— Ranger Grant

I don’t know how long or complex the Legion’s plan was, but by the time we realised something was wrong, pretty much everything was happening simultaneously. I personally was standing in the crowd at the time and not very few folks saw the first sniper falling off the tower. Now I thought it was the sun playing tricks on me or something, I mean not many people would automatically think someone’s been pushed off. But when that second sniper fell as well, I would say pretty much everyone around me noticed it.

— Corporal Lens

Ranger Samson of Baja would later be found dead near the foot of Sniper Post B. The culprit was a Veteran Legion assassin identified as Titus Antony, disguised as a Ranger and having snuck his way through three separate checkpoints. How he managed to achieve this would later become part of a long and damaging investigation into the heart of High Command. At approximately two minutes into the President’s arrival, Titus Antony subdued and replaced Ranger Samson. Less than a minute later, he was in turn subdued and replaced by a third individual. Craig Boone, former First NCR Recon sniper battalion, would not be recognised as a hero for quite some time.

Whenever you see the President, he always had two or three guys flanking him. Now obviously you’re supposed to think those are his body guards but the key words there are ‘supposed to’. Of course they are all fully trained but the real work is done by people like me who blends in among the crowds. At the time I’ve been doing that job for over twenty years but I’ve never seen an assassin move that quietly without arousing not just my suspicion but my colleagues as well. The guy was wearing a regular engineer’s outfit and by the time we moved to intercept, he was within striking distance of the President.

— Agent Francis, Former bodyguard to President Kimball

Looking back on it now it was an absolute disgrace, both on my part and those of my staff. None of us managed to intercept the first assassin in time; we had to use a member of the Courier’s group. But worst of all was that none of us could even intercept the second assassin right in front of the stage either; the Courier himself went in first! I could not believe it at the time: I didn’t even realise the Courier was in among the crowd, he wasn’t supposed to make an appearance until much later that day. Now the guy in the jump suit with the knife clearly didn’t realise it either, ‘cus that thing went flying the moment he got grabbed. We’ve all heard stories of how Legionaries were trained to fight with their bare hands from the moment they were old enough to walk, hell there’s an old joke that Legion boys grew knuckles before they grew their dicks, but that guy didn’t stand a chance. We had to get the Courier off of him before his arm came off.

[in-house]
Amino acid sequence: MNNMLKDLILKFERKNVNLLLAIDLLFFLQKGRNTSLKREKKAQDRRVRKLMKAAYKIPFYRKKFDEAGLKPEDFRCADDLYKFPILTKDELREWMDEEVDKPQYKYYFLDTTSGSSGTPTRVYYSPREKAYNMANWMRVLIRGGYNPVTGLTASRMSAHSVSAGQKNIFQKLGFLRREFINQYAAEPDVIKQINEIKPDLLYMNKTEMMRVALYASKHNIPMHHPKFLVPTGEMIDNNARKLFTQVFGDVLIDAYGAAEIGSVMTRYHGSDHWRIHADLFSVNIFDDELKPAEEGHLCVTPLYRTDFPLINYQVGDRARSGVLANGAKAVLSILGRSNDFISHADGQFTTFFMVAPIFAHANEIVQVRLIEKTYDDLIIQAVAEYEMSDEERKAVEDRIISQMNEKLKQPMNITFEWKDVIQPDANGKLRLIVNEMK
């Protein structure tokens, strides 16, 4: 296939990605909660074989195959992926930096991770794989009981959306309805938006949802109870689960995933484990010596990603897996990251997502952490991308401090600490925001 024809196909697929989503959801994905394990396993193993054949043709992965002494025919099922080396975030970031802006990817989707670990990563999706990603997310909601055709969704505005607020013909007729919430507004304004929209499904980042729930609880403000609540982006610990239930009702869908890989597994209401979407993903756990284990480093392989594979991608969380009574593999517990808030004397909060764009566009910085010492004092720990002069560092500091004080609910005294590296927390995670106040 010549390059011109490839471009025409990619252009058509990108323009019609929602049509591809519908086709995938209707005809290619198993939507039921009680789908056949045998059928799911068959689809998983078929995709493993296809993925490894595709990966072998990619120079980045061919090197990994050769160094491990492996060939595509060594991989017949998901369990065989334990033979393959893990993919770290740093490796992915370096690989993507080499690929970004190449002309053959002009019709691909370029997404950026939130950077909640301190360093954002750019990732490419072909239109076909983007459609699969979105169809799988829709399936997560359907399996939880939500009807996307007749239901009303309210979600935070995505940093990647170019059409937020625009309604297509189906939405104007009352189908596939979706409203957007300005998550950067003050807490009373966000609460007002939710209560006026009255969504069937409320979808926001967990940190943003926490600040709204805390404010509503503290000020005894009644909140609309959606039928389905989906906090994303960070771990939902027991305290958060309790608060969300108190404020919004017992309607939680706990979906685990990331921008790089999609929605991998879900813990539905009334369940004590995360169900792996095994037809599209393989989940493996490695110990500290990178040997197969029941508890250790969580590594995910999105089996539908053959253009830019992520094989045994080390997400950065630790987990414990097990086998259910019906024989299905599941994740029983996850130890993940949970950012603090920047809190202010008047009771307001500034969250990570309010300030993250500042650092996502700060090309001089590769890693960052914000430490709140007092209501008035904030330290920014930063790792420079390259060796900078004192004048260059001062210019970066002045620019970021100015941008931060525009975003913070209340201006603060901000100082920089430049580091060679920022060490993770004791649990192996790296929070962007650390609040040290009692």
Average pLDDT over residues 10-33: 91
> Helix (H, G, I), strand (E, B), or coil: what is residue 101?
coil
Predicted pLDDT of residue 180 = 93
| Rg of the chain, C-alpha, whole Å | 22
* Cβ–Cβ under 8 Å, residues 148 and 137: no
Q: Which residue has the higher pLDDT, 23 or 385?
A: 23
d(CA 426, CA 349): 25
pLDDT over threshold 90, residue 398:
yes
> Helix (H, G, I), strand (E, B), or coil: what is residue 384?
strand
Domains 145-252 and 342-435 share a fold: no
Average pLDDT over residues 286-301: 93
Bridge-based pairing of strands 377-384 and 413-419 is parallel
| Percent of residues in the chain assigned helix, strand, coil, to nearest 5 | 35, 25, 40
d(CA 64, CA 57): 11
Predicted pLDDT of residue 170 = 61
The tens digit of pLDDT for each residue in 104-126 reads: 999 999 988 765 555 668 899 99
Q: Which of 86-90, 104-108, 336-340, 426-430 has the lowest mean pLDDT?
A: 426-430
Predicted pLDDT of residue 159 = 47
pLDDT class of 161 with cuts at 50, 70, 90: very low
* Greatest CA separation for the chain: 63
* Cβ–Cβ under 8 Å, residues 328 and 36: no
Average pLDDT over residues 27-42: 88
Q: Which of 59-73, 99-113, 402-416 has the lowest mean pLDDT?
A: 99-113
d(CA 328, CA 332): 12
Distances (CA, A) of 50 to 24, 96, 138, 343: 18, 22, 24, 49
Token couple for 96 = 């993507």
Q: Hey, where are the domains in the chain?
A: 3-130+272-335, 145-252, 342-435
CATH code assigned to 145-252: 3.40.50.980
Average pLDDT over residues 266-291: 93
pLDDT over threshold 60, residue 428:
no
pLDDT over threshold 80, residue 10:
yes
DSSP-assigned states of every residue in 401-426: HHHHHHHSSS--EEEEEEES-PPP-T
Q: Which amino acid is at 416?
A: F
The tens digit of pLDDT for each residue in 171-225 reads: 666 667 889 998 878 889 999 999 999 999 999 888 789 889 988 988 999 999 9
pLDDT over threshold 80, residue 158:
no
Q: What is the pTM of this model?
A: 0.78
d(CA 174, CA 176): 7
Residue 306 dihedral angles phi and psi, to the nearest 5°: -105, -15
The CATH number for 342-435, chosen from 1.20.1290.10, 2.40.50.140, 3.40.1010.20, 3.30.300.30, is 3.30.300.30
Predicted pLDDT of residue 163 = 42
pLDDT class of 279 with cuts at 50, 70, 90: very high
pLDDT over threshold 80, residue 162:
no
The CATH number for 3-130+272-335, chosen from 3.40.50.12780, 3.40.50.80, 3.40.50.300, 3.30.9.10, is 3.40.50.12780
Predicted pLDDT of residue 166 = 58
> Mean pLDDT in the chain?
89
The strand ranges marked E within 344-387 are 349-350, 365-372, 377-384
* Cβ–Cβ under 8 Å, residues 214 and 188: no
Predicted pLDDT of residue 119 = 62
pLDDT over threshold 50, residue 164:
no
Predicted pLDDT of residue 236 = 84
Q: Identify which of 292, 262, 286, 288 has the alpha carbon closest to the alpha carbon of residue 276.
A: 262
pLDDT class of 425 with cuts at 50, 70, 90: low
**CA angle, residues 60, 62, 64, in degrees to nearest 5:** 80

— Ranger Grant

A full investigation into the matter would now be inevitable. But at least, the President was safe. It was no longer a secret that both the Courier and High Command kept vital details from each other, the only difference was that the Courier figured out his opponents long ago. Even Bear Force One itself was later found to have been rigged with an explosive charge, one that was disabled by Raul Tejada, now known as the Ghost Vaquero. All of it was captured by the media: the Courier managed to meet the President after all, but not the way it was expected.

I don’t think it’s any doubt who came out on top of that little incident. Baby, it ain’t no secret that the NCR wanted to use the Courier, but at the end of the day they were the ones being used. As far as backfiring goes, that was easily the screw-up of the decade.

— The King